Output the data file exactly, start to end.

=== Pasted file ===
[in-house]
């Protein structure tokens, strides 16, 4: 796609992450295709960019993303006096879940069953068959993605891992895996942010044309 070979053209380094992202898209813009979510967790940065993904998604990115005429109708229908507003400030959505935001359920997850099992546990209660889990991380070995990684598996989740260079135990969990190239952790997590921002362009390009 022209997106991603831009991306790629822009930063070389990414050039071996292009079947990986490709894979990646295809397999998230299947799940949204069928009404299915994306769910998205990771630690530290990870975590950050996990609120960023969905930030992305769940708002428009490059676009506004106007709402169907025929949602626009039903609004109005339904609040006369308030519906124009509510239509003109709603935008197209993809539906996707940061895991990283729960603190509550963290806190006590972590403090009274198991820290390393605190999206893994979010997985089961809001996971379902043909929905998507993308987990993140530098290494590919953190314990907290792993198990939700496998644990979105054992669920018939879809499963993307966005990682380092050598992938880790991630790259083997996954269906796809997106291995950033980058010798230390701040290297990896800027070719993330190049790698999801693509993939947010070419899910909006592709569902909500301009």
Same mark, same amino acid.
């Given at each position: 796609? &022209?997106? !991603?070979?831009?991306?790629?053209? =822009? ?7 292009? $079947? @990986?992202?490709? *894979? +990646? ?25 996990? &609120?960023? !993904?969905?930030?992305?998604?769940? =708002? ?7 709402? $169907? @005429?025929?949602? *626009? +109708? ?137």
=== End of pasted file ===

[in-house]
């Protein structure tokens, strides 16, 4: 796609992450295709960019993303006096879940069953068959993605891992895996942010044309 070979053209380094992202898209813009979510967790940065993904998604990115005429109708229908507003400030959505935001359920997850099992546990209660889990991380070995990684598996989740260079135990969990190239952790997590921002362009390009 022209997106991603831009991306790629822009930063070389990414050039071996292009079947990986490709894979990646295809397999998230299947799940949204069928009404299915994306769910998205990771630690530290990870975590950050996990609120960023969905930030992305769940708002428009490059676009506004106007709402169907025929949602626009039903609004109005339904609040006369308030519906124009509510239509003109709603935008197209993809539906996707940061895991990283729960603190509550963290806190006590972590403090009274198991820290390393605190999206893994979010997985089961809001996971379902043909929905998507993308987990993140530098290494590919953190314990907290792993198990939700496998644990979105054992669920018939879809499963993307966005990682380092050598992938880790991630790259083997996954269906796809997106291995950033980058010798230390701040290297990896800027070719993330190049790698999801693509993939947010070419899910909006592709569902909500301009």
Same mark, same amino acid.
């Given at each position: 796609? &022209?997106? !991603?070979?831009?991306?790629?053209? =822009? ?7 292009? $079947? @990986?992202?490709? *894979? +990646? ?25 996990? &609120?960023? !993904?969905?930030?992305?998604?769940? =708002? ?7 709402? $169907? @005429?025929?949602? *626009? +109708? ?137």